About pliegOS

The concept of pliegOS is nothing new, just a digitized version of something that dates back to the first printing presses and the way literature was distributed through the streets of cities at the beginning of the Gutenberg era and up to cordel literature, and more recently the culture of fanzines.

Img source: Diego Dacal – literatura de cordel. CC BY-SA 2.0

Format & origins

A pliego (traditionally called a ‘quarto‘) was the first known format of printed book in Europe. It designates a booklet or pamphlet that is a quarter of a folio in size: a quarter is obtained by folding the paper twice, which yields eight pages of text by printing on each side. It is believed that the first pliego, the Sibyllenbuch, was printed between 1452 and 1453, before the Gutenberg Bible, which has survived only as a fragment. Continuing the Western traditions of popular literature, such as ‘chapbooks‘ and cordel literature, this format spread to Spain and Portugal during the 18th and 19th centuries, offering readers a wide range of topics, from basic instruction to political treatises.

Img source: Anonymous from nineteenth century. Engraving published on 1850. Public domain.

Micro-contents to the power!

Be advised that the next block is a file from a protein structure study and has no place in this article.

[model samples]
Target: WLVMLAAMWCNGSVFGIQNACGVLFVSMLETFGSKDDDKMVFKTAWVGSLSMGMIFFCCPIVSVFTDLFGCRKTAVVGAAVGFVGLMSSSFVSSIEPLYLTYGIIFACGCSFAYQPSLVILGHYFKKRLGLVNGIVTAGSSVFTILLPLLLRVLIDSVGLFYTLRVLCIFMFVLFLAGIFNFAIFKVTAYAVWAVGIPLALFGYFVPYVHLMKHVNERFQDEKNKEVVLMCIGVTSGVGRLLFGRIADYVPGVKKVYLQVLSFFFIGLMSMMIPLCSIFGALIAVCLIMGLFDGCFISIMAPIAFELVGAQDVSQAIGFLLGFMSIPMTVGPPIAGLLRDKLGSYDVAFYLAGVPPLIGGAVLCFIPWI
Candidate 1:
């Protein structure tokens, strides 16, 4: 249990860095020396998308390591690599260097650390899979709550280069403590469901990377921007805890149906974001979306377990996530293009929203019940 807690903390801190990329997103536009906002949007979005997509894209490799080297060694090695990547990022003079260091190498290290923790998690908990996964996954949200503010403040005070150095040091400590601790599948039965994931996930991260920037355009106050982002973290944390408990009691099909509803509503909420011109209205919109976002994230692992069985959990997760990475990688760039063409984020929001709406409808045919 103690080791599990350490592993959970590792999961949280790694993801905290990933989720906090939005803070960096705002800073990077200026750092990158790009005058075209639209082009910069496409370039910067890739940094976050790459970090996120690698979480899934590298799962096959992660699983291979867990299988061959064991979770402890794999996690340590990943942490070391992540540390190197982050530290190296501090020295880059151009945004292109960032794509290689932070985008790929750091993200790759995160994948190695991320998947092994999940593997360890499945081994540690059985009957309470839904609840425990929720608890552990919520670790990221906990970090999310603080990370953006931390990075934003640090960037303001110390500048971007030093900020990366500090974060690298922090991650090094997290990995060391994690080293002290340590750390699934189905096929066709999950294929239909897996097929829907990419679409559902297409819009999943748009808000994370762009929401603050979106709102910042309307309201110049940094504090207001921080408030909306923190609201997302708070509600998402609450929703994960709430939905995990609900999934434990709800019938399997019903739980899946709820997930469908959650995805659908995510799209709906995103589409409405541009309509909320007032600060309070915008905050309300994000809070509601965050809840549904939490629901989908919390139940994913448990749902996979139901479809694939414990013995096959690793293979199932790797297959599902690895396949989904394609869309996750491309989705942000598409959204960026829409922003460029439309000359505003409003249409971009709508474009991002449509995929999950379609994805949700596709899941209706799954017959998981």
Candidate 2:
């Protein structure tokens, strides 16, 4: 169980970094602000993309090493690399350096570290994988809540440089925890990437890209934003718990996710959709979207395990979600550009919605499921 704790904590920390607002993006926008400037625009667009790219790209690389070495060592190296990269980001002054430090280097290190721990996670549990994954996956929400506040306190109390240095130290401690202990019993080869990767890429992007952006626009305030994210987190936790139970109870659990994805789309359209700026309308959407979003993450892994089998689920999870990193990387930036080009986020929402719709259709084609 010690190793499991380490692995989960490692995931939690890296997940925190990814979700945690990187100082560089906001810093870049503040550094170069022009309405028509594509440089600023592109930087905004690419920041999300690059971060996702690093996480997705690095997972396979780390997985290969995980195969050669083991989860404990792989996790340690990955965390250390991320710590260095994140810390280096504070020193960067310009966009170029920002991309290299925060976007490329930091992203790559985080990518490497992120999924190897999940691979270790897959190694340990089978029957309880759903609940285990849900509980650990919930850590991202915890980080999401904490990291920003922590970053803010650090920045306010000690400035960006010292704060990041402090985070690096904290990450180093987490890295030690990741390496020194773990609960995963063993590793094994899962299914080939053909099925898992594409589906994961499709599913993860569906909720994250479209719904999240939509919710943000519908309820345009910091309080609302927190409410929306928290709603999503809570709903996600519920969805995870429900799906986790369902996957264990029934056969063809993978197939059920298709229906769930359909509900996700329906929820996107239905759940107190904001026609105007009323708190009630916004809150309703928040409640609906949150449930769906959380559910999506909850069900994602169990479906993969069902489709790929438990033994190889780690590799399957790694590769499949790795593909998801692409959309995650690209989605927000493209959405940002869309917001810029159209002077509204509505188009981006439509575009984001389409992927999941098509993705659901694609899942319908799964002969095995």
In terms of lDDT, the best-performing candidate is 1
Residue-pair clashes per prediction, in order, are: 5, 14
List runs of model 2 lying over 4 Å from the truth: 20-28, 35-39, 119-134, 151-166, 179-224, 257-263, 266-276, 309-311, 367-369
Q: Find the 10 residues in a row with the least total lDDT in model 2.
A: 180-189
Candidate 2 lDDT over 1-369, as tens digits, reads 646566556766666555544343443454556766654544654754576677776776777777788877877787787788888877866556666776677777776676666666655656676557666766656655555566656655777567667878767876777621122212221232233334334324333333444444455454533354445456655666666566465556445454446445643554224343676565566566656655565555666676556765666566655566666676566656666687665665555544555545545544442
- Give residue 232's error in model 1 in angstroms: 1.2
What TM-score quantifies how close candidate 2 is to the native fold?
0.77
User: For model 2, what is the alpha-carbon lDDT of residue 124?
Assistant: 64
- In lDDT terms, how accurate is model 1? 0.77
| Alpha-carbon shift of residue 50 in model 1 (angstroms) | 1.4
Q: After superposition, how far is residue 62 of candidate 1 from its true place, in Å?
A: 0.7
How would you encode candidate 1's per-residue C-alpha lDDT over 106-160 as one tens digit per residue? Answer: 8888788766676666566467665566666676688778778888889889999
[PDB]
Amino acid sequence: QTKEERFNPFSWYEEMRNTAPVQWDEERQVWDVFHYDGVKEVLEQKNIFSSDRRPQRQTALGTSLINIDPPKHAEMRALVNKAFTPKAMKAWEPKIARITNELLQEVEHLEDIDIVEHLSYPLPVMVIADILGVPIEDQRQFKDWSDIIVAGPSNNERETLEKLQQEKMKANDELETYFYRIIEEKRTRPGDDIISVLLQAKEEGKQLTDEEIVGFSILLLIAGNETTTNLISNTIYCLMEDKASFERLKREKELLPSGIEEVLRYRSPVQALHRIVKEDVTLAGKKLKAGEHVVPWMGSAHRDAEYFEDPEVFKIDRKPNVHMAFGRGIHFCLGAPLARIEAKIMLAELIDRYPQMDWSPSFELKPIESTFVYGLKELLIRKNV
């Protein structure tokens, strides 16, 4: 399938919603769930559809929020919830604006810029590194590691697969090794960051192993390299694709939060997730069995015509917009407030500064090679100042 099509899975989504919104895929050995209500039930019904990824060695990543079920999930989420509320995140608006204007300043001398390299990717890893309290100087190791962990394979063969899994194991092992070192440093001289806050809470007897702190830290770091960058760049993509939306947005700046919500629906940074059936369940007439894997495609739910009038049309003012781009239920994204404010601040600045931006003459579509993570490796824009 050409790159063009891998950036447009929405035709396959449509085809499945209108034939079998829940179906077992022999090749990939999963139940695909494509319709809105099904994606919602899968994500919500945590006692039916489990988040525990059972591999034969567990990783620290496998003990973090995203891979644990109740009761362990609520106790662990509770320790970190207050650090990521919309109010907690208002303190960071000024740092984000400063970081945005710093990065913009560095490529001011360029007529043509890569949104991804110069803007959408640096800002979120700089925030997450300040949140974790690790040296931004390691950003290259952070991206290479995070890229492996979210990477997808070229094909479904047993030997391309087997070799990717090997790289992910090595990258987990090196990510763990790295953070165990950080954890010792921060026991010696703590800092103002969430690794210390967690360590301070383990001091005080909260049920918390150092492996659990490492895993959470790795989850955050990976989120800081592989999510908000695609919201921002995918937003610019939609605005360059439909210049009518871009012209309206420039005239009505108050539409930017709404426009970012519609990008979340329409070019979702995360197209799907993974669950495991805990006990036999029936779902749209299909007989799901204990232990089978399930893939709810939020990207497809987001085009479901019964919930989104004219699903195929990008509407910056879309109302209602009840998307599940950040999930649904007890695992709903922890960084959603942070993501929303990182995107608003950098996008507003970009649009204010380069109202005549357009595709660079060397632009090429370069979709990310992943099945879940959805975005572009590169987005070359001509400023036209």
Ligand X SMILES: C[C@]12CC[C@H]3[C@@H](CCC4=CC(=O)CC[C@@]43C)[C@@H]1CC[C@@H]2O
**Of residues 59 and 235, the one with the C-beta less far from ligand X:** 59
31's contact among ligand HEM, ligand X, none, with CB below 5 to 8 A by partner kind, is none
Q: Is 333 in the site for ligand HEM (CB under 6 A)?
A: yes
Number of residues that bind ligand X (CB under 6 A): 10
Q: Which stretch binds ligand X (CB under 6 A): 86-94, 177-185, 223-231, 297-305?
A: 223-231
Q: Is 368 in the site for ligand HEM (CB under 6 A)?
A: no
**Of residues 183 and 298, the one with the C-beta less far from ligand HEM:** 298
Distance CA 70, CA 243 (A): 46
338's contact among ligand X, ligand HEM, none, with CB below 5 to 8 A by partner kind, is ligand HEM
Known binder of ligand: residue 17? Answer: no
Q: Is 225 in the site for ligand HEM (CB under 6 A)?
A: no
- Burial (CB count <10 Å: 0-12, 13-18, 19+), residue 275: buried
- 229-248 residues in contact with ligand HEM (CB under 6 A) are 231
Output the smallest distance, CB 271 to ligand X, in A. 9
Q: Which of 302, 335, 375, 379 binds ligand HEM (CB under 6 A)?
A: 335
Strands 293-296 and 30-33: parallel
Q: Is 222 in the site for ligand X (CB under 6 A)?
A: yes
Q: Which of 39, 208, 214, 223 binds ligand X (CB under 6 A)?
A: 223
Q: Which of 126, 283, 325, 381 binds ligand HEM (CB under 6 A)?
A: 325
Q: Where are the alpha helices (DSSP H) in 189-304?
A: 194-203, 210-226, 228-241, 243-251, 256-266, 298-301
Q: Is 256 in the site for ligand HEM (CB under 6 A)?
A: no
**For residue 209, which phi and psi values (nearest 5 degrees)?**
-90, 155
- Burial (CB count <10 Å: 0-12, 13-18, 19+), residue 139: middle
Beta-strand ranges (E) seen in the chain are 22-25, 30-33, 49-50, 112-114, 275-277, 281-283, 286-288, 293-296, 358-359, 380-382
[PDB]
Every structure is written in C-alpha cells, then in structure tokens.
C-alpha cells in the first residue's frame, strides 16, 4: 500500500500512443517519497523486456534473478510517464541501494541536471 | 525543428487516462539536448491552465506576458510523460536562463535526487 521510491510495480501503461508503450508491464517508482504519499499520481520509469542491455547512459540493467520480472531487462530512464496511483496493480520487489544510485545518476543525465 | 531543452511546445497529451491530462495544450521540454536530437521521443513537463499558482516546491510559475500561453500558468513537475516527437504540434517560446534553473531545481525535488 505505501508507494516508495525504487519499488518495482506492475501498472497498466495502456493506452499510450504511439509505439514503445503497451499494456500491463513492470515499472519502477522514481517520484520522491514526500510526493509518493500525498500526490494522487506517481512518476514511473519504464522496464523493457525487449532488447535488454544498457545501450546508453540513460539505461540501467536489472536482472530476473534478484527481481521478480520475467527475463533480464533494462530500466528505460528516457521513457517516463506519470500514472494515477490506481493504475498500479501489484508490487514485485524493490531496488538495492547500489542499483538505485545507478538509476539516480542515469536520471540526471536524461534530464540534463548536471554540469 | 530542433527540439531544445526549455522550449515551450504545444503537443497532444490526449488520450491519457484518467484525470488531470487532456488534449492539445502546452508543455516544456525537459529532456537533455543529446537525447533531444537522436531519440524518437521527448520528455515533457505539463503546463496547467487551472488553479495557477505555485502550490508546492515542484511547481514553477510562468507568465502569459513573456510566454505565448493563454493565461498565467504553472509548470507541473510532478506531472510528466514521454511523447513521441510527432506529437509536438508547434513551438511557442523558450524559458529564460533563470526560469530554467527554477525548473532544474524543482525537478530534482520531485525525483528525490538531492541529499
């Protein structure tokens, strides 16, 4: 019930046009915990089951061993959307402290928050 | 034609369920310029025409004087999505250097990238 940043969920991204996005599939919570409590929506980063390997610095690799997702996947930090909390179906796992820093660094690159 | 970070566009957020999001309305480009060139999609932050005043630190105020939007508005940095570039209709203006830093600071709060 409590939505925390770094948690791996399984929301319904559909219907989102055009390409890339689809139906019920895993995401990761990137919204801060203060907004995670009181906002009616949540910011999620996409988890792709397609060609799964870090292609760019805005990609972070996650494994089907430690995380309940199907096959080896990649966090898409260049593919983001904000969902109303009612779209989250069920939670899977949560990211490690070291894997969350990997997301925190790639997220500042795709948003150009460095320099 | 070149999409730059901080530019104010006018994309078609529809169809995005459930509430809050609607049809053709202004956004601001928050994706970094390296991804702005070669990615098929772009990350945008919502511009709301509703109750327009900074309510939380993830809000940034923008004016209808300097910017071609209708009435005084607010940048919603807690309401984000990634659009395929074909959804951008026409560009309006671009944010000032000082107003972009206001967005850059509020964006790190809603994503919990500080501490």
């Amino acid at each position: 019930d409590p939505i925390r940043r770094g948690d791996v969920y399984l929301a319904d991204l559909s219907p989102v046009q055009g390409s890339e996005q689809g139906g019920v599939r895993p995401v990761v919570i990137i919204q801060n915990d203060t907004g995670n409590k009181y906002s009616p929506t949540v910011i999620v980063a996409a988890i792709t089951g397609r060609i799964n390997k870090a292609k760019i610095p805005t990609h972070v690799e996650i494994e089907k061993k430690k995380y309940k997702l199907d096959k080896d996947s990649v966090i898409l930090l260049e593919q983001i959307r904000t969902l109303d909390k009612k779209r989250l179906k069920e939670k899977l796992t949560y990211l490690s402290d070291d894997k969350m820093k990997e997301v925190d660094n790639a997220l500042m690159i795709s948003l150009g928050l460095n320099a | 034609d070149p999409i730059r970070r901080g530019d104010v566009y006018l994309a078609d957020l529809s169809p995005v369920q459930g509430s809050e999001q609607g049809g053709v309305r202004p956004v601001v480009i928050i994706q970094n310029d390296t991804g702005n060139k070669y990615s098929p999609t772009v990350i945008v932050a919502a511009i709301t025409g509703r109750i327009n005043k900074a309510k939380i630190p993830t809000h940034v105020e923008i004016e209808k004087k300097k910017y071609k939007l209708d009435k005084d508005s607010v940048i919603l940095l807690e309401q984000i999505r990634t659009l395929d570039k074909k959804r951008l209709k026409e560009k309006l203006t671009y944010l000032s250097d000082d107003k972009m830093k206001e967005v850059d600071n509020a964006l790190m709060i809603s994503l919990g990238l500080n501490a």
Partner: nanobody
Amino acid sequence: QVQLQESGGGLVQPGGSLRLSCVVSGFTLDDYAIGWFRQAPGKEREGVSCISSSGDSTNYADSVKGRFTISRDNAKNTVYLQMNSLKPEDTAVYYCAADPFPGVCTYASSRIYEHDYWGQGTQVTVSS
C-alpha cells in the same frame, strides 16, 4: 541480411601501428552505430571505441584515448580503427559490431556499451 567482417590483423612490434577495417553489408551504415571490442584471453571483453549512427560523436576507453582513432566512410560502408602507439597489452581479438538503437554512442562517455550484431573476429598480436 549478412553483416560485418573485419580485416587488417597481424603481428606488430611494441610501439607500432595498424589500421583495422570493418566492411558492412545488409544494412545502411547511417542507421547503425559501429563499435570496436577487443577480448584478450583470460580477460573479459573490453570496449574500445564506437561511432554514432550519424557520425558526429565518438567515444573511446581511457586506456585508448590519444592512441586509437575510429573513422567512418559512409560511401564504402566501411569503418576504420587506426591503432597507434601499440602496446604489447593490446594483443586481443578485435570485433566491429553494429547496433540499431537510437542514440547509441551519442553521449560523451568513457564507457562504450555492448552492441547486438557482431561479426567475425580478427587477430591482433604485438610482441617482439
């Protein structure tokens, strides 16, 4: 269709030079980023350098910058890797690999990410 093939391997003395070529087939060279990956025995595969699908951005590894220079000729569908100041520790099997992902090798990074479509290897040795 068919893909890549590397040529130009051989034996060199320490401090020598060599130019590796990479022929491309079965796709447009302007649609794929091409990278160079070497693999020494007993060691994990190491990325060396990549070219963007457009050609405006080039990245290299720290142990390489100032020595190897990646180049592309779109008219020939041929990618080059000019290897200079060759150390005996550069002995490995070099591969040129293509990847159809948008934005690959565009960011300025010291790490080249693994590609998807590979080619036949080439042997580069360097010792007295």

Whether we like it or not, small and short is now the norm. We have less time for long texts, tweets are here to stay, and we end up reading things in small blocks of time. Consider each pliego as a minimum unit of content. It can be quick fiction but also the first chapter of a larger adventure, or a series of poems, the first of many pamphlets. Or part of a course, a module of something broader to learn…

Img source: pliegos.net

Motivation

A book is more than a verbal structure or a series of verbal structures; it is the dialogue it establishes with its reader and the intonation it imposes on its voice, and the changing and lasting images it leaves in their memory. A book is not an isolated being: it is a relationship, an axis of countless relationships ― Jorge Luis Borges

Initial discovery

The idea has to do with an unusual finding: an old suitcase abandoned in a family garage. Inside, a collection of about 200 Catalan pliegos from between 1910 and 1915, published within the broader collection of En Patufet. These yellowed, folded, and cut pages in the same way we do here (some of them bound with a red thread) tell the story of many tales and handmade covers, thanks to the infinite imagination of Josep Mª Folch i Torres.

The PliegOS project is promoted / conceived / co-developed from the FemProcomuns cooperative in collaboration with FemFum and InLoft, more specifically by:

  • Enric Senabre Hidalgo
  • David Gómez Fontanills
  • Marcantoni Malagarriga-i-Picas
  • Ariadna Torres
  • Mònica Garriga
  • David Jacovkis
  • Ricard Espelt

Some initiatives from the project